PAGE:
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Pistvakt was a Swedish comedy TV series. Originating as a stage play set up in 1996, it only ran for two six-episode seasons in 1998 and 2000, with a movie being made to wrap up the story in 2005. While no other film or TV media have been produced since, the setting and characters are often revisited in the form of stage shows to this day.

The show is about the three Marklund brothers, the oldest, Sven-Erik, or "Sven-E" (played by Lennart Jähkel), the middle brother, Jan-Erik, or "Jan-E" (Jacob Nordenson), and the youngest, Olle (Thomas Norström), who work as piste watchmen at a modest, seldom visited ski resort in Svartlien, a fictional Lapland location described as "the darkest piste-marked bear cave and cold pit in the North". The place was previously overseen by their father, the legendary piste watchman Erik "Stor-Erik" Marklund. They live together with their mother, Gudrun (Barbro Oborg), and often spend time with their family friend and local bodega owner, Beng-Ha (Pierre Lindstedt), with few connections to the outside world. Other recurring characters include Yngve (Carl Magnus Dellow), a local policeman who befriends the brothers, and Eva-Lena (Margareta Stone), Beng-Ha's niece. The plots of the episodes usually center around something out of the ordinary happening, such as guests visiting the resort, often at the same time as some potentially dangerous natural event hangs overhead.

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Tropes

  • Animalistic Abomination: The second season introduced "Bjärven" (roughly "the wolver-bear"), a monstrosity said to be the result of a bear mating with a wolverine.
  • Bears Are Bad News:
    • Bears are an ever-present threat in Svartlien, though they only appear in a handful of episodes.
    • In the movie, the big outside threat of the story becomes a savage polar bear.
  • Brick Joke: In "Lusekoftanovan", Olle is about to go to the movies for the first time in his life. Jan-E tells him about the only time he went to the movies; it was a community center screening of Fame - dubbed into Finnish. When we see Olle at some movie theater later, he is also watching Fame, again dubbed into Finnish.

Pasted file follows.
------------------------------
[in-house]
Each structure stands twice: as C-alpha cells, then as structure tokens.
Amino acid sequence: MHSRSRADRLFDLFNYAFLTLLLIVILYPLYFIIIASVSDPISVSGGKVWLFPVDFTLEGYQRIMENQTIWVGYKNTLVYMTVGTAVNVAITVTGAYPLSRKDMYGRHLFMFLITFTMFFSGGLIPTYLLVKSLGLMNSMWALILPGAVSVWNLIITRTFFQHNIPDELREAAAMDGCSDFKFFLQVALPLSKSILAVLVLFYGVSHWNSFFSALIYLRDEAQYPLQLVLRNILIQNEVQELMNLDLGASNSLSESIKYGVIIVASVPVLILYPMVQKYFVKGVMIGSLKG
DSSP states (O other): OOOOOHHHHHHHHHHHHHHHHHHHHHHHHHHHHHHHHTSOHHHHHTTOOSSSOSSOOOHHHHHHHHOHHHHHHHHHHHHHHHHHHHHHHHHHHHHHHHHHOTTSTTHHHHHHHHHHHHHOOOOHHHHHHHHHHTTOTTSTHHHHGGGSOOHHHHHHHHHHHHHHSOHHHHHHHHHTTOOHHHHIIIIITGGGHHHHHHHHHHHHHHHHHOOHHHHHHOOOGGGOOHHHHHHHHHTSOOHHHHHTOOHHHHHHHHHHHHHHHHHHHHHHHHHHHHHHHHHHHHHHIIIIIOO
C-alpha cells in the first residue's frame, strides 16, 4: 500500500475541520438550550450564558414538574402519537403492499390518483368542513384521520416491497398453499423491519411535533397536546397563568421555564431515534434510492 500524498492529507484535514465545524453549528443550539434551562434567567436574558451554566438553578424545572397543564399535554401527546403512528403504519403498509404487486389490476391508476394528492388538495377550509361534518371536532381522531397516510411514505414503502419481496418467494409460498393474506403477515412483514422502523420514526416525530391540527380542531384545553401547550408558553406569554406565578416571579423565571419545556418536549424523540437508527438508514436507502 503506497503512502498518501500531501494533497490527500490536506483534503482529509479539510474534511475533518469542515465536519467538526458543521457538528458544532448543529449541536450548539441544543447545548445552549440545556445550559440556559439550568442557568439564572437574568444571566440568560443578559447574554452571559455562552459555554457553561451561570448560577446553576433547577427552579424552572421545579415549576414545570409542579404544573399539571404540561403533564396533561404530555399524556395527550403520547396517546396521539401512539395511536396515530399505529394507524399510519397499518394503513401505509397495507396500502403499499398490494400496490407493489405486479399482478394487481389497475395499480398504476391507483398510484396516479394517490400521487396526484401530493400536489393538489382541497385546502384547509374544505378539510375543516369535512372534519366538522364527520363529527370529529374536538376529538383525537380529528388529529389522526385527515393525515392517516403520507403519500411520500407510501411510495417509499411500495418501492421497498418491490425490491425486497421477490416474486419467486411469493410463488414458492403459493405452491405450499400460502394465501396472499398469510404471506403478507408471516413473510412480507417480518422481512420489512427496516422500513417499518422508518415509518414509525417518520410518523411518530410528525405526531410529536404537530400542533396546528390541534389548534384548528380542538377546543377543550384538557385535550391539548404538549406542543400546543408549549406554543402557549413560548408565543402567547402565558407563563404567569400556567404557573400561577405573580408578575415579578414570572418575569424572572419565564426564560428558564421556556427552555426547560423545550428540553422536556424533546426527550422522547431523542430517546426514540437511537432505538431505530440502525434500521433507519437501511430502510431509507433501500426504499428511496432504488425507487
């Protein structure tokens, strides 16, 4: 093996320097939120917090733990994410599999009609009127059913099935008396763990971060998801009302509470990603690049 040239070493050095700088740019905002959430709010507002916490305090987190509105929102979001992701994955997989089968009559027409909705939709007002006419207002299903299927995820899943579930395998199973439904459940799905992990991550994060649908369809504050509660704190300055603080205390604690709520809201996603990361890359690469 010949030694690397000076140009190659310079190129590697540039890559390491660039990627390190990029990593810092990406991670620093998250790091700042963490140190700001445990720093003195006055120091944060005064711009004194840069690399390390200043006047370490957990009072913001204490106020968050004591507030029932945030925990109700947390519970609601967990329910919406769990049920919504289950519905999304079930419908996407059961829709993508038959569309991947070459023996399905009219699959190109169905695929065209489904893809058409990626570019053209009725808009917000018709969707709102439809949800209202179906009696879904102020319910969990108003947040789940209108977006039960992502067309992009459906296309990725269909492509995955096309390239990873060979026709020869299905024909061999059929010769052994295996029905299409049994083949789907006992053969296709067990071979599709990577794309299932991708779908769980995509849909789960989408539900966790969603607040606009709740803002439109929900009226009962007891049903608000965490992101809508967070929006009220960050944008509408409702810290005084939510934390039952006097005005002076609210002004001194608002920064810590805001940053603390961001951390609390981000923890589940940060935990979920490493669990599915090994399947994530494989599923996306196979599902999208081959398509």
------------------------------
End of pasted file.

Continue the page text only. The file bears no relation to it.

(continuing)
• Calling the Old Man Out: Sven-E does this to Stor-Erik in the last episode, "Jakten på en dräpare", in a vicious "The Reason You Suck" Speech:
    Sven-E: ...[w]hoever the hell you might be calling yourself, because you sure aren't my father. You disappeared 27 years ago, and promoted me to shoulder a mantle of lead and drudgery, with two younger brothers to care for, and a mother so corroded by grief that her shadow left stains on the wallpaper. That's what you did. But my father doesn't do that. My father, he saved peoples' lives, he was spoken of as a hero. He killed bears, and climbed mountains, and said good night to us every night. [now in tears] Then he disappeared. Haven't seen him since.
    Stor-Erik: Sven-Erik... It's me. Don't you see-
    Sven-E: You're not my father. You hear that?! You're not our father!
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  • Con Man: Dwight, the Norweigan pilot; he comes to Svartlien with the intention of seducing Gudrun into a quick marriage so he can rob her off the land she owns.
  • Clear My Name: In the season 2 finale two-parter, Sven-E goes on the run when he becomes suspected of his father's murder.
  • Chekhov's Gun: The map from Norway to Svartlien drawn on a frozen cod filet packaging from "Lusekoftanovan". The map was drawn by Stor-Erik and given to Dwight when they met some time ago. In the season 2 finale two-parter, it proves that the skeleton found in the mountains obviously predates the drawing of the map, meaning it can't be Stor-Erik's body.
  • Continuity Snarl: While most revelations about Stor-Erik made in the movie were consistent with what Sven-E had known but kept secret from the others, there is a major inconsistency about the avalanche of 1973 mentioned in the second episode of season 2. In that episode, the avalanche was said to have trapped dozens of people that Stor-Erik dug out with his bare hands; the guest characters of the episode, the Näslund brothers, lost their father in the avalanche, despite Stor-Erik's best efforts. In the film, Sven-E admits to Olle that the "avalanche" was really just a single person being buried under some snow that fell off the bodega's roof. Also, Stor-Erik used a shovel.